Garland has started a 10-week cleanup, and kids have returned to school, after last month’s deadly tornado.
City officials have spent the past week making sure buildings hit by the tornado are safe for homeowners to enter.
The city has hired a company to oversee the debris removal from city streets. That process began today, and Mayor Doug Athas estimates it will take about 10 weeks.
“You can fill up a truck, almost every house or two in some locations, so it will take a little while to make all those loads. We’ll be working hard to advance that, of course, and things may come along and make it a little easier, but there could also be things that delay it, so we’ll see,” Athas said.
The mayor said homeowners and volunteers should move vehicles that could block access to affected neighborhoods. They should also keep storm debris separate from household garbage. The city will only be collecting debris.
Getting back to normal
The tornado affected approximately one square mile of Garland, Athas said. The city is 57 square miles. While the storm didn’t have an impact on the majority of the city, Athas said, many residents have a lot of rebuilding to do.
“Garland has a very bright future. We’ll continue that way. We’ll be doing a lot of building and rebuilding over the next year.”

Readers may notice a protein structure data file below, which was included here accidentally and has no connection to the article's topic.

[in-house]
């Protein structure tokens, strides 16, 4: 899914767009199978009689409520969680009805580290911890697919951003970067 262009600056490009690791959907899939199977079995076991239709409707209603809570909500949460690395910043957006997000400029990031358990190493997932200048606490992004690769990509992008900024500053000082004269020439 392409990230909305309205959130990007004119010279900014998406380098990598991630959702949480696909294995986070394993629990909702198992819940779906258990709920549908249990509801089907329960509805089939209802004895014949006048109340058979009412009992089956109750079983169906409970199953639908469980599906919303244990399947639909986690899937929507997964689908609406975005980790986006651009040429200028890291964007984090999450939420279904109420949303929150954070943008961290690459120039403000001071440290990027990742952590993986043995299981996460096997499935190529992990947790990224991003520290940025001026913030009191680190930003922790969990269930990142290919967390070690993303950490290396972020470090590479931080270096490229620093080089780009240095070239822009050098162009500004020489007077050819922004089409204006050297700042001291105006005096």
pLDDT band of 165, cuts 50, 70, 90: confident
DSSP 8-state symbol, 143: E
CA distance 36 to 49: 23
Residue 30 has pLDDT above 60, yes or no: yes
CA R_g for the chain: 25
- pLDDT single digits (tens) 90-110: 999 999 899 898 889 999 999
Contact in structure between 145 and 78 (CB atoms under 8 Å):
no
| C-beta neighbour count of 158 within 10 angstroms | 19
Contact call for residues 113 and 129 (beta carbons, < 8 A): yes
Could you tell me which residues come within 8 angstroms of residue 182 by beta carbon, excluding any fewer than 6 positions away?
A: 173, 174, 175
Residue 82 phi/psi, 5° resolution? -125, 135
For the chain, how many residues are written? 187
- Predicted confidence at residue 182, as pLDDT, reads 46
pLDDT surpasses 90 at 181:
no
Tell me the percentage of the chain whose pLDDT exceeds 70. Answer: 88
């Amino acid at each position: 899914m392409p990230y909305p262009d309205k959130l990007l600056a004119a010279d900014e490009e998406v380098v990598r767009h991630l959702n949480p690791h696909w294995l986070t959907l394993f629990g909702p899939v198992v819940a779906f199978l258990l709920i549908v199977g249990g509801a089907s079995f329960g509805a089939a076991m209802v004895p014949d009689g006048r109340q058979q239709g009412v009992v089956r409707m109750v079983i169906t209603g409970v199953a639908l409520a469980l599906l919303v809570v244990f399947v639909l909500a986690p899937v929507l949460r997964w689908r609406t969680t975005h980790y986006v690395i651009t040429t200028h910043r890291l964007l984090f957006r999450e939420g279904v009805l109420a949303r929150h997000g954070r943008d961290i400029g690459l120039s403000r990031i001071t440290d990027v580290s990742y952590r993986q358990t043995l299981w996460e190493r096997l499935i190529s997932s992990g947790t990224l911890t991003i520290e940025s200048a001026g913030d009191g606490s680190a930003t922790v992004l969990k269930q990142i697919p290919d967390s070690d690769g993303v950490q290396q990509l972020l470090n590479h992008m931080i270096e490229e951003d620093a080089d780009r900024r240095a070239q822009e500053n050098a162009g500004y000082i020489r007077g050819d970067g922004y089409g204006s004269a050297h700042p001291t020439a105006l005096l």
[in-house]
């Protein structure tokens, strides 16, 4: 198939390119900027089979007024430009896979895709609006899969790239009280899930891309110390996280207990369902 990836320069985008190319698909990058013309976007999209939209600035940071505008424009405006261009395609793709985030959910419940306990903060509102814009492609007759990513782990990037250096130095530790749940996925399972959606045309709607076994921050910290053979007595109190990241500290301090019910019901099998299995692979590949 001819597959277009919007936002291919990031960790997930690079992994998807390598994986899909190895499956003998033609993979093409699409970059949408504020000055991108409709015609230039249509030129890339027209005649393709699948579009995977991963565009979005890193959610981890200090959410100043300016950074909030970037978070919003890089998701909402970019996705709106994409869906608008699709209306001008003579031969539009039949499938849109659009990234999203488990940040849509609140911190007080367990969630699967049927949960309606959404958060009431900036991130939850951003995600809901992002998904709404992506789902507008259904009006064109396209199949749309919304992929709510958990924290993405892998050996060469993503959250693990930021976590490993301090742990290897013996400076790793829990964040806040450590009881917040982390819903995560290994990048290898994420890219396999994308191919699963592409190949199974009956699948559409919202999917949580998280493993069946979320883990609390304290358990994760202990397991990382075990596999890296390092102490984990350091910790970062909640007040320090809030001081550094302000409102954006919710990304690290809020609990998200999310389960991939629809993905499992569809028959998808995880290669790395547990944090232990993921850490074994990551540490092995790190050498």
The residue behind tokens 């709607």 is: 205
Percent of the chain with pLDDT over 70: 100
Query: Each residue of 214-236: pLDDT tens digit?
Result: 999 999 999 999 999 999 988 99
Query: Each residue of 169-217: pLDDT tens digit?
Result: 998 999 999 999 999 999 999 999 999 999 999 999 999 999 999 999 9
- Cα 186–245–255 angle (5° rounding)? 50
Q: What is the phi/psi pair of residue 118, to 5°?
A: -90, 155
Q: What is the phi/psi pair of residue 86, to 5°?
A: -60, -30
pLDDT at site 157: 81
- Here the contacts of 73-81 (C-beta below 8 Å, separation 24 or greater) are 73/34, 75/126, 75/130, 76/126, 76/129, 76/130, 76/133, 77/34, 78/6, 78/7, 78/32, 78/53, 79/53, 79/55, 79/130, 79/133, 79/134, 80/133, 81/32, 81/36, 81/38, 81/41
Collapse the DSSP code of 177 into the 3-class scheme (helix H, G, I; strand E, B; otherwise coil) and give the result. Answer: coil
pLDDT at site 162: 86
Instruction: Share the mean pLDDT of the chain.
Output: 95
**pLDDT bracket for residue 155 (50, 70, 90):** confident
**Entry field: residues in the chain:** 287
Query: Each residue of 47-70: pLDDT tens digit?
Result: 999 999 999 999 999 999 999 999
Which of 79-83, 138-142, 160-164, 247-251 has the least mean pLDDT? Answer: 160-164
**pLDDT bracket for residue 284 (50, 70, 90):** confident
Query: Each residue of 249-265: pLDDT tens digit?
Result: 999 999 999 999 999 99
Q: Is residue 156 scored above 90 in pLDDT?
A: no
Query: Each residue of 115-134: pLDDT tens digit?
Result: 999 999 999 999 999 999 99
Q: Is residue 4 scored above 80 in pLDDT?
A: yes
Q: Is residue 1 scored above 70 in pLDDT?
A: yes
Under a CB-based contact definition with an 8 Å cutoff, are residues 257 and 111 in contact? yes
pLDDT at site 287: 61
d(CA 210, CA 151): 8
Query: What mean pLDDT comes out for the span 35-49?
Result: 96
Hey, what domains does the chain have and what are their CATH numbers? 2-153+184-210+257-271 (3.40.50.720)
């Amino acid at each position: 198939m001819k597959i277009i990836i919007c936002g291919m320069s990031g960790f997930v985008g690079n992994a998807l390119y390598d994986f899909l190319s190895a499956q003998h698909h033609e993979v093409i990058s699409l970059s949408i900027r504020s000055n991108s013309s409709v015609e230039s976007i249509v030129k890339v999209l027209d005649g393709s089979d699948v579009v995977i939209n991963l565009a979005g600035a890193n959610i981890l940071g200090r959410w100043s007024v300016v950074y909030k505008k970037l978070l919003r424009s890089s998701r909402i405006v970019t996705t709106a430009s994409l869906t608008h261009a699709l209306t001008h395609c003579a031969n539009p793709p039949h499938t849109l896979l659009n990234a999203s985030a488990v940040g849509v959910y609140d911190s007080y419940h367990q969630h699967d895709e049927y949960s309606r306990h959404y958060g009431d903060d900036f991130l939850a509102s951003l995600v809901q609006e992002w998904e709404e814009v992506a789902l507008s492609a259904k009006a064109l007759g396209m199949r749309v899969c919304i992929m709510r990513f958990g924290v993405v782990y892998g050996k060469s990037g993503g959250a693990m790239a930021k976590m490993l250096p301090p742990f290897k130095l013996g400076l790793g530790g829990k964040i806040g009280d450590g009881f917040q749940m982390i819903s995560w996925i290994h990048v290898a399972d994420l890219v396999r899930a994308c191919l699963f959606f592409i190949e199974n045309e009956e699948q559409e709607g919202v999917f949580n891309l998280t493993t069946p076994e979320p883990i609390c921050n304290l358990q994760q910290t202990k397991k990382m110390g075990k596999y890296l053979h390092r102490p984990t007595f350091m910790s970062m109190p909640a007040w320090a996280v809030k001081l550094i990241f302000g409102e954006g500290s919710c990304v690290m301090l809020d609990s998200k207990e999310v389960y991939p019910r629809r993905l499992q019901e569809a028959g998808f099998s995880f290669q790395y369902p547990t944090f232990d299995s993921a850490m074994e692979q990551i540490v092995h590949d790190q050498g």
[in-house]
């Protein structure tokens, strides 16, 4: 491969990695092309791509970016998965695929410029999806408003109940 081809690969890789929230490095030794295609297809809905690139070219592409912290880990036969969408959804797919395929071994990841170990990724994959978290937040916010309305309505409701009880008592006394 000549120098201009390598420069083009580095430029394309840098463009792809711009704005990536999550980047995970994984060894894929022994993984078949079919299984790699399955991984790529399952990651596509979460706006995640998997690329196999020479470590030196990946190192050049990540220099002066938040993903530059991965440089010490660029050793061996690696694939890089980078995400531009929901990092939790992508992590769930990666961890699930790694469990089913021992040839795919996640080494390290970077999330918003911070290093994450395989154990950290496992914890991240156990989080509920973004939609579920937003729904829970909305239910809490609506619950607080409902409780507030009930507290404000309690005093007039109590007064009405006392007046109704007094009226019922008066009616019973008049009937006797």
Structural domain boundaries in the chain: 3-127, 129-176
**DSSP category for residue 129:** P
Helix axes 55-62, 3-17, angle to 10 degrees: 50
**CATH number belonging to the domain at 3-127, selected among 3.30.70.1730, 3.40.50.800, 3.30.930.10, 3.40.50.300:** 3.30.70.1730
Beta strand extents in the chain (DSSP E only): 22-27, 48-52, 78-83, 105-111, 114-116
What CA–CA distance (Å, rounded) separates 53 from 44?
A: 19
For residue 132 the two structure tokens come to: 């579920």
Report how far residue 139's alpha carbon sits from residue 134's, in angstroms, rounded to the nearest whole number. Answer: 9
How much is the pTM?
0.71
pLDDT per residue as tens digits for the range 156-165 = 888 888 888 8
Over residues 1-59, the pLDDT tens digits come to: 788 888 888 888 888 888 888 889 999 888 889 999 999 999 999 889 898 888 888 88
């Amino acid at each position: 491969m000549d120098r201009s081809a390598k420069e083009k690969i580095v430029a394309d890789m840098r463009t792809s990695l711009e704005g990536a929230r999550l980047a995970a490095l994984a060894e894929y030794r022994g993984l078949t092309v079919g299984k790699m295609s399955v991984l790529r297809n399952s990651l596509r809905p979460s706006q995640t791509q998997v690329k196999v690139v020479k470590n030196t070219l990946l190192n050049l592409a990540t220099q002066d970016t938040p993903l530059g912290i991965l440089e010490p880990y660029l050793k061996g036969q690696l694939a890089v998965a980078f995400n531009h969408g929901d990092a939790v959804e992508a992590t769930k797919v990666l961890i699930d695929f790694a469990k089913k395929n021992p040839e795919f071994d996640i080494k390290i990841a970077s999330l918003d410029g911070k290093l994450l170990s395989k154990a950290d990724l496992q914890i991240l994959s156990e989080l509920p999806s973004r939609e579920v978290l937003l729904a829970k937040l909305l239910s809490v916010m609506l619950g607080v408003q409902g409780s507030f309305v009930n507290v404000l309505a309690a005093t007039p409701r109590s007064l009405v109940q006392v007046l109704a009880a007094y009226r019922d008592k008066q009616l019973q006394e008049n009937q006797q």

Eleven people died in the tornadoes that hit North Texas on December 26. Eight of those people died in Garland.
10 days after the storm, students return to school
In Garland and Rowlett, students returned to school on Tuesday morning after a deadly tornado ripped through hundreds of homes last month.
Garland ISD set up 18 temporary bus stops in the hardest-hit neighborhoods. The City of Garland helped set up these stops to keep students away from debris.
— Garland ISD (@gisdnews) January 5, 2016
Spokesman Chris Moore said staff will be at each bus stop to support families over the next few weeks.
“We’ll be out there as long as we need to in order to get those students out of those neighborhoods and create as safe of a drop off and pick up location as we can.”
Crews began removing debris Monday, and city officials expect the process will last about 10 weeks. Moore says Garland ISD schools are also collecting donations and offering counseling for students.
“We know that the long-term effects of this will be much more lasting than just tomorrow — and the long term trauma that could have resulted from this."
“We’re going to have our hands full, and we’re going to do everything we can to help students many, many weeks into this new semester,” he said.
Moore says the tornado affected more than 1,000 Garland students, who attend 60 different schools. Six bus stops are located in Garland south of Interstate 30 near Bobtown Road, and 12 are in Rowlett by Pearson and Herferth Elementaries.